…your zip code please..?

Why did the store clerk ask me for this?  More importantly, why was I embarrassed?  I don’t like providing stores with ANY of my information, however in 2006, I HATED to give out my zip code. Among the comments received, “Whoa isn’t that the top foreclosure location?”   Then I would get defensive and explain the mortgage fraud situation – that these homes were all empty and how our communities were robbed of values, neighbors leaving us blighted although it was no fault of our own.  (yes, the entire long story)

However, from the strictly informative side- forget the long story- when I looked up my zip code I was a bit shocked by what I read.  Believe me,I’m not  ignorant about my community but I do not think the numbers paint an accurate picture.  I think these numbers have actually slowed our economic development and revitalization efforts.  On the contrary, we do have resilient neighbors and I am proud to say, despite the Black/White numbers on paper- we are thriving in the Grays!

Here is  information on a few zip codes I service:

30309

30309 is a densely populated, upscale urban zip code in Atlanta, Georgia. The population is primarily white, and mostly single. At $420,800 the average home value here is a bit higher than average for the Atlanta-Sandy Springs-Marietta metro area, so this probably isn’t the place to look for housing bargains.The median age here is 33.4. There are 10,415 men and 8,324 women. The median age for men is 34.2 while for women the median age is 32.3.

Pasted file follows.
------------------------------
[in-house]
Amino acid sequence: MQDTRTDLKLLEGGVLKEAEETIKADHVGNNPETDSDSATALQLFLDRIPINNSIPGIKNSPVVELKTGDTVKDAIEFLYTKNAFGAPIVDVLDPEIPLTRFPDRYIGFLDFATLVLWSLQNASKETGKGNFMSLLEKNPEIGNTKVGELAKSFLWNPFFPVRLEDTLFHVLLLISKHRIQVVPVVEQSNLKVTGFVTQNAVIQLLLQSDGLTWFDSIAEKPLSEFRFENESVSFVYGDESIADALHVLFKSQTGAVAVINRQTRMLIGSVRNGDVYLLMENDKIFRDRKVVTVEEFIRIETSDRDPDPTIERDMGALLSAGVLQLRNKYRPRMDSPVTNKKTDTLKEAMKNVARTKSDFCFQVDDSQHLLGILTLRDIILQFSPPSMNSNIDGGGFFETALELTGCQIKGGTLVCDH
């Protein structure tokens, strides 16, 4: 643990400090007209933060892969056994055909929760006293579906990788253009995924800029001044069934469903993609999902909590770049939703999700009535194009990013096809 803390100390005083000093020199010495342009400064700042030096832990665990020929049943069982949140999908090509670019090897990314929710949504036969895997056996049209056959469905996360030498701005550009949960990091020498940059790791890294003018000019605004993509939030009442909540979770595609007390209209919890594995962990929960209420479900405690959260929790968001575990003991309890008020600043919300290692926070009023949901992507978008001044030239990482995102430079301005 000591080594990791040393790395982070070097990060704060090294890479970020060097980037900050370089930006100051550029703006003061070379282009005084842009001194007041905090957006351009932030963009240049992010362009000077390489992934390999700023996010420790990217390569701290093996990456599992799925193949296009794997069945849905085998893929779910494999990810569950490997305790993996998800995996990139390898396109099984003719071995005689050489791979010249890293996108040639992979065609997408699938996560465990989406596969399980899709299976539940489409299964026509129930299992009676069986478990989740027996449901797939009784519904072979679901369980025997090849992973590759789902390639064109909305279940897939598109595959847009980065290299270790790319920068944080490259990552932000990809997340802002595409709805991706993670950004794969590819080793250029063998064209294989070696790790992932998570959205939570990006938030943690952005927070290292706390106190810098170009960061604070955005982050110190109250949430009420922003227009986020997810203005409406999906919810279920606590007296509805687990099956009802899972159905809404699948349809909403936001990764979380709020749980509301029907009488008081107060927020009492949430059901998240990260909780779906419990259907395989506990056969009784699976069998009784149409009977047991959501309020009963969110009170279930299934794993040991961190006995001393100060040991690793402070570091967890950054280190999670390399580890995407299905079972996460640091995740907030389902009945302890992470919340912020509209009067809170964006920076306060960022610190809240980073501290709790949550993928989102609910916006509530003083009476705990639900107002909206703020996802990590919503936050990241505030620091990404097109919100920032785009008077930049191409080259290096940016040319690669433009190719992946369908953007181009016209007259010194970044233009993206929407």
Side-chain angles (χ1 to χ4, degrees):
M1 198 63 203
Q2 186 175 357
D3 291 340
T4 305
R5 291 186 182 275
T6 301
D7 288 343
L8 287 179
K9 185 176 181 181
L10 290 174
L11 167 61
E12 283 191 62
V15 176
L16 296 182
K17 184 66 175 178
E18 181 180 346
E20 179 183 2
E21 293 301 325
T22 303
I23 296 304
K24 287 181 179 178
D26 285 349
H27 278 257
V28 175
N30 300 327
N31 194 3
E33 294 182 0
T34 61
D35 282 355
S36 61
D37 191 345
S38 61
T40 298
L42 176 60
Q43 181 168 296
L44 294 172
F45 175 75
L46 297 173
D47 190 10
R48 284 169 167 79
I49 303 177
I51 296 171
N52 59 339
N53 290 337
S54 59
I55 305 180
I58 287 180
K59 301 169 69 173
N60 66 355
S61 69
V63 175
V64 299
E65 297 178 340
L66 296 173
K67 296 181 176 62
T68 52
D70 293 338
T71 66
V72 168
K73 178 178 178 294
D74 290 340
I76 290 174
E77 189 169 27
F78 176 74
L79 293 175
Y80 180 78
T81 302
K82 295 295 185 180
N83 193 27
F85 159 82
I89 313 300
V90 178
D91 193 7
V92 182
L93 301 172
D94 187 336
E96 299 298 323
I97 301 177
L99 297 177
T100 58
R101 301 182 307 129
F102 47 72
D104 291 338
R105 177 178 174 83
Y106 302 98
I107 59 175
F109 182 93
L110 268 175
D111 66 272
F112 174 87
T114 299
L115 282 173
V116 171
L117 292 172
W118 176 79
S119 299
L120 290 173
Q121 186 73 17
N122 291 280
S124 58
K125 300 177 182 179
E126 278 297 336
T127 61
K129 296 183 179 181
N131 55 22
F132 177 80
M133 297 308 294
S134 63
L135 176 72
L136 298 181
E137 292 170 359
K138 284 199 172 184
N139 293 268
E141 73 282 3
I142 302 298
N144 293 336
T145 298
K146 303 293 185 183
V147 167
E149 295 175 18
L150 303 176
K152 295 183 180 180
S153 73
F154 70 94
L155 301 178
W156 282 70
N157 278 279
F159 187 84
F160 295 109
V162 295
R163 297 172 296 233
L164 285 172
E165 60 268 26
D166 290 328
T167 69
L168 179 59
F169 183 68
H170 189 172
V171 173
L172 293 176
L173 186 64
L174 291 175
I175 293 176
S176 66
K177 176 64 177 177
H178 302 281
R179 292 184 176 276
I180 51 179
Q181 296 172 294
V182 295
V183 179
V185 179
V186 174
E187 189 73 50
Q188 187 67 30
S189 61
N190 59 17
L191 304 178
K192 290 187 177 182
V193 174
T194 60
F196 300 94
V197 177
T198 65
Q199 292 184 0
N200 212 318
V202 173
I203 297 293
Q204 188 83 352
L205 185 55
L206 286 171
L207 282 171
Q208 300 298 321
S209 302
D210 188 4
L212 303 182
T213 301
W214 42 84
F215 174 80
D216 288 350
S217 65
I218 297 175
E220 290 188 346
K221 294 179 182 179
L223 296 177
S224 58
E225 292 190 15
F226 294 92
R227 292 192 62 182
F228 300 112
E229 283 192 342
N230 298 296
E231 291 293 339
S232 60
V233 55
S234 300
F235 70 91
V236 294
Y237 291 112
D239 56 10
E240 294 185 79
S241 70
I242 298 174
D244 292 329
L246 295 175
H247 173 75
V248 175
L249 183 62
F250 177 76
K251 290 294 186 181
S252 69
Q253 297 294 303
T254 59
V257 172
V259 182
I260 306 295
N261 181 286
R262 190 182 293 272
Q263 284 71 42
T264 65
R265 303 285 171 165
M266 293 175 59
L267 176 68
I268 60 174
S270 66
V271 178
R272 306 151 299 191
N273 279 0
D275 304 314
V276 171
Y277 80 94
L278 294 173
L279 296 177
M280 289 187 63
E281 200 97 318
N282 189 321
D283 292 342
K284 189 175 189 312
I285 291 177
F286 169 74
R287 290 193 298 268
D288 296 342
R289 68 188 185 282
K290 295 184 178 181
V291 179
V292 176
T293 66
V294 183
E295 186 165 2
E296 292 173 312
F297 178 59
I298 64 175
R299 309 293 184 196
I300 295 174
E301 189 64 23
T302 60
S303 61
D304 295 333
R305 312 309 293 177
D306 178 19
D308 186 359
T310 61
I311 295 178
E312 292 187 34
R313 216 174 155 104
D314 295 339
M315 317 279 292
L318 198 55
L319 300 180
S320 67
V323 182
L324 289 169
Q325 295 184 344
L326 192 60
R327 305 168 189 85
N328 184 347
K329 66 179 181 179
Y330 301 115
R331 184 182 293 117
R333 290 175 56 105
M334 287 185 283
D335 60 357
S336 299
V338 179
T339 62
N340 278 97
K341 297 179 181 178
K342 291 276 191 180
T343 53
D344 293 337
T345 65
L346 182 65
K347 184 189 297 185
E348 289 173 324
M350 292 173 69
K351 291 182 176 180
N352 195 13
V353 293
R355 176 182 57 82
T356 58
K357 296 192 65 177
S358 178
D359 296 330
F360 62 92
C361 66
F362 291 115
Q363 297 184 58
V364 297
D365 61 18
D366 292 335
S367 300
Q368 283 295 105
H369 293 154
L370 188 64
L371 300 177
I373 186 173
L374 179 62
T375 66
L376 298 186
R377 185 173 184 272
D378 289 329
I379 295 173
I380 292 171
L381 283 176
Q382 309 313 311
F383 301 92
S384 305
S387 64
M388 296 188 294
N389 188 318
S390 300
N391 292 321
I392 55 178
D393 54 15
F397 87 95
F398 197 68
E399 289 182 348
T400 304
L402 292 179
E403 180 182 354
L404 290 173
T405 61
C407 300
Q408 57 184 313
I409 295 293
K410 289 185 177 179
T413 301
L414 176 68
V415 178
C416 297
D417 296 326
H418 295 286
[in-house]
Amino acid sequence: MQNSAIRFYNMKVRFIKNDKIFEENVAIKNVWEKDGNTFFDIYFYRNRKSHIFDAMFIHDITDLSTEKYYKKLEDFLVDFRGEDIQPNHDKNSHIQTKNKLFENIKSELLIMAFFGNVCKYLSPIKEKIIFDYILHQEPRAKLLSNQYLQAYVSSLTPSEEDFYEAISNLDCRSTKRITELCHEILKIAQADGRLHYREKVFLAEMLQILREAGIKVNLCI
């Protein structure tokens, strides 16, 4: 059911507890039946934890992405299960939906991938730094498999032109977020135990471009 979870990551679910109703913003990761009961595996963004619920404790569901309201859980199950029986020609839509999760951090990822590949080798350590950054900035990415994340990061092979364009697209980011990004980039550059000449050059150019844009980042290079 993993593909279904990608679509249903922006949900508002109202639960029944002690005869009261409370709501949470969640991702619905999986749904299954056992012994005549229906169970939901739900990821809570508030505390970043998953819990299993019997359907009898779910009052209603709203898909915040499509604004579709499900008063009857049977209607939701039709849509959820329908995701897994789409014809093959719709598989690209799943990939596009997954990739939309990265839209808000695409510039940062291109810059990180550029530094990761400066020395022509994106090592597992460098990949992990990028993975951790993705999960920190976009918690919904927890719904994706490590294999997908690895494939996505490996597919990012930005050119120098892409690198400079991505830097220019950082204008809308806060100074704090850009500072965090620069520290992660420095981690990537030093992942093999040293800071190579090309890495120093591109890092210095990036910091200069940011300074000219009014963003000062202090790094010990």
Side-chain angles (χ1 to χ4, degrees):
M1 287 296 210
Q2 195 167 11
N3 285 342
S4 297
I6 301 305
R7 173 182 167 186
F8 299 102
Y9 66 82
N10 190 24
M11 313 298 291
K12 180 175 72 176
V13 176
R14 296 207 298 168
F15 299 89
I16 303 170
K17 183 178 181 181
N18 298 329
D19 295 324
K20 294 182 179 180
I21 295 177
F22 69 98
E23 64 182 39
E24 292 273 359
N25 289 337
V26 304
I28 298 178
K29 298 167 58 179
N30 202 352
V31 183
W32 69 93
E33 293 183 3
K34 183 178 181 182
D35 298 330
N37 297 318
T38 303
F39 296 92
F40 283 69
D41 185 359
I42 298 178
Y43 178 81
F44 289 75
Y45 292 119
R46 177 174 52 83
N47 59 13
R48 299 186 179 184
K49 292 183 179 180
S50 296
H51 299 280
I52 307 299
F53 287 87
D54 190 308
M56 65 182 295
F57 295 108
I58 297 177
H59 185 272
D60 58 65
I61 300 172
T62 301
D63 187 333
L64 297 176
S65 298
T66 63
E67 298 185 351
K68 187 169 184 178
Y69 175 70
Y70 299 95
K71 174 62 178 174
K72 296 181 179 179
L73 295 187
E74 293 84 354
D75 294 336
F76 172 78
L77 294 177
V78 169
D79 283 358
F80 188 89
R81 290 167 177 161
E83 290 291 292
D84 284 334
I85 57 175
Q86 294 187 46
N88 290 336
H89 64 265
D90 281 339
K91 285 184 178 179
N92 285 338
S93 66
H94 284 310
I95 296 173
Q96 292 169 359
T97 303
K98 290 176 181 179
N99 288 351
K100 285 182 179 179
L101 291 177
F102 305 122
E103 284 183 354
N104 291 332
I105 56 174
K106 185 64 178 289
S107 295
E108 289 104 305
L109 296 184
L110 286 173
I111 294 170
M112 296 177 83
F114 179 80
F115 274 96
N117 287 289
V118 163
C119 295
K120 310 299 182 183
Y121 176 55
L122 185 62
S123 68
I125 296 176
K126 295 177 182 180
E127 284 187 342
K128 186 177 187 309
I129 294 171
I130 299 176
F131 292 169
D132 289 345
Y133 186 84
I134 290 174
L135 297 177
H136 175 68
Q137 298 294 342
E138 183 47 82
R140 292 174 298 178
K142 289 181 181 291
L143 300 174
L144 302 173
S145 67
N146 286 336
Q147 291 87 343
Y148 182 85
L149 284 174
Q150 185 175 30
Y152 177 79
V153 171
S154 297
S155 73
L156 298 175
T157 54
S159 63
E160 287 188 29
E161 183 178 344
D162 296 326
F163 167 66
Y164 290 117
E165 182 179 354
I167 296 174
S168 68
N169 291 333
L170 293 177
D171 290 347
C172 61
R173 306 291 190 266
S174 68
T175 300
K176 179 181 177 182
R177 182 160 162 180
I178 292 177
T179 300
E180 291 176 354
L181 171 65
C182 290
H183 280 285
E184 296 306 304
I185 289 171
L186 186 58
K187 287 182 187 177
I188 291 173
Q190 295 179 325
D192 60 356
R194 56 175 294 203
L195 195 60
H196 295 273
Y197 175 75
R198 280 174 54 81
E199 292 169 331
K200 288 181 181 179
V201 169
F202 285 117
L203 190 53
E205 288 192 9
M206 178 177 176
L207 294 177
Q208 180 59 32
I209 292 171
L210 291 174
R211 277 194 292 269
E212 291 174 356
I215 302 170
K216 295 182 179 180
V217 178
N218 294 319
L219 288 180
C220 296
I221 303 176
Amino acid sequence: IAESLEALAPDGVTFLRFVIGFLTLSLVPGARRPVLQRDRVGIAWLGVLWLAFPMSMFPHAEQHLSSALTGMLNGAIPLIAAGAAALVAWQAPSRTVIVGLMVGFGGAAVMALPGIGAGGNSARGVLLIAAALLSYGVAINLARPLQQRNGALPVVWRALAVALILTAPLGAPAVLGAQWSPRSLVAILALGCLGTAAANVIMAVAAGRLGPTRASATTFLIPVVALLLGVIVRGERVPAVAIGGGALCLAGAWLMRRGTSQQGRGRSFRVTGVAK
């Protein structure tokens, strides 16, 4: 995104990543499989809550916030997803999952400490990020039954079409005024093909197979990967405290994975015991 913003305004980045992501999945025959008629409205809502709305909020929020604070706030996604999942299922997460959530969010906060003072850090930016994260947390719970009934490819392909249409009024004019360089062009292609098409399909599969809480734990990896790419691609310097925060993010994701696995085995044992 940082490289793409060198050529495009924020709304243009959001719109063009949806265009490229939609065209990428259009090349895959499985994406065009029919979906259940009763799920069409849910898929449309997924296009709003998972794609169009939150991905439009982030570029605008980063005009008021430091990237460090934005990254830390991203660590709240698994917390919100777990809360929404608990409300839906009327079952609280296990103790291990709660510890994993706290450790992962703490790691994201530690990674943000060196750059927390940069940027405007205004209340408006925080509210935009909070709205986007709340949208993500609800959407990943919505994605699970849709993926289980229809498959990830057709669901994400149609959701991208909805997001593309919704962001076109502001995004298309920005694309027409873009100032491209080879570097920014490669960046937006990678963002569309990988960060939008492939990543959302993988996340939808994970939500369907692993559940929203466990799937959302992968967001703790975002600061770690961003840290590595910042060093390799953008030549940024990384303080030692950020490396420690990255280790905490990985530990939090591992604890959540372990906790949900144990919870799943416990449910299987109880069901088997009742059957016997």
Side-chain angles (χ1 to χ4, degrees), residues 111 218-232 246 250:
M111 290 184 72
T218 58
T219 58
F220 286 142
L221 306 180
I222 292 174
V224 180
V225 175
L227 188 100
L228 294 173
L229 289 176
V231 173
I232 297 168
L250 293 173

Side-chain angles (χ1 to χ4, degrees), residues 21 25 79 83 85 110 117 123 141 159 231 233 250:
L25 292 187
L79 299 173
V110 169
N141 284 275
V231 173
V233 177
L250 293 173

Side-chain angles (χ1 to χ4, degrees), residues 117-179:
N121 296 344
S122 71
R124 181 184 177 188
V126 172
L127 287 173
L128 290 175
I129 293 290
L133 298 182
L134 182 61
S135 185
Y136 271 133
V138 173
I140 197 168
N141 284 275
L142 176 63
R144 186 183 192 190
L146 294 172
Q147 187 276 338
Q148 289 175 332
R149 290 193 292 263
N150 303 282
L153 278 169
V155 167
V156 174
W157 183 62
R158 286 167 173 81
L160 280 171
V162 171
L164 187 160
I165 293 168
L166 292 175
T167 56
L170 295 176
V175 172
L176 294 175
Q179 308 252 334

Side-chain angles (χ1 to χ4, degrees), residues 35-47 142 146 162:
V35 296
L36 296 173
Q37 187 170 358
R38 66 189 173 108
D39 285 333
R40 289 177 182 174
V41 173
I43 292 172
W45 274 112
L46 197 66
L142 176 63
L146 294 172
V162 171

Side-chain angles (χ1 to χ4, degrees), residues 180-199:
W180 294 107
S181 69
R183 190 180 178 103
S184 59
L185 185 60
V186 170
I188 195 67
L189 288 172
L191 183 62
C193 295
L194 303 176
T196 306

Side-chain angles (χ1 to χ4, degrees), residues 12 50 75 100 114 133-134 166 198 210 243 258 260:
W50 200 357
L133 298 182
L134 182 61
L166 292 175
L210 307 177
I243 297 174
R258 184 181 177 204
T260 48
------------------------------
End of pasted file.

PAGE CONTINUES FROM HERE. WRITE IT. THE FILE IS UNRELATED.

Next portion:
30310

30310 is a urban zip code in Atlanta, Georgia. Median household income here ($24,604) is significantly lower than US average ($56,604). The population is primarily African-American, and mostly single. The average house value here ($69,700) is significantly lower than in the Atlanta-Sandy Springs-Marietta metro area as a whole, so this is probably a great place to look for housing bargains.The median age here is 33.2. There are 16,121 men and 17,477 women. The median age for men is 31.3 while for women the median age is 34.9.

30311

30311 is a urban zip code in Atlanta, Georgia. Median household income here ($27,512) is significantly lower than US average ($56,604). The population is primarily African-American, and mostly single. The average house value here ($94,400) is lower than in the Atlanta-Sandy Springs-Marietta metro area as a whole, so this could be a great place to look for housing bargains. The median age here is 33.9. There are 15,704 men and 19,526 women. The median age for men is 30.7 while for women the median age is 36.4.

30318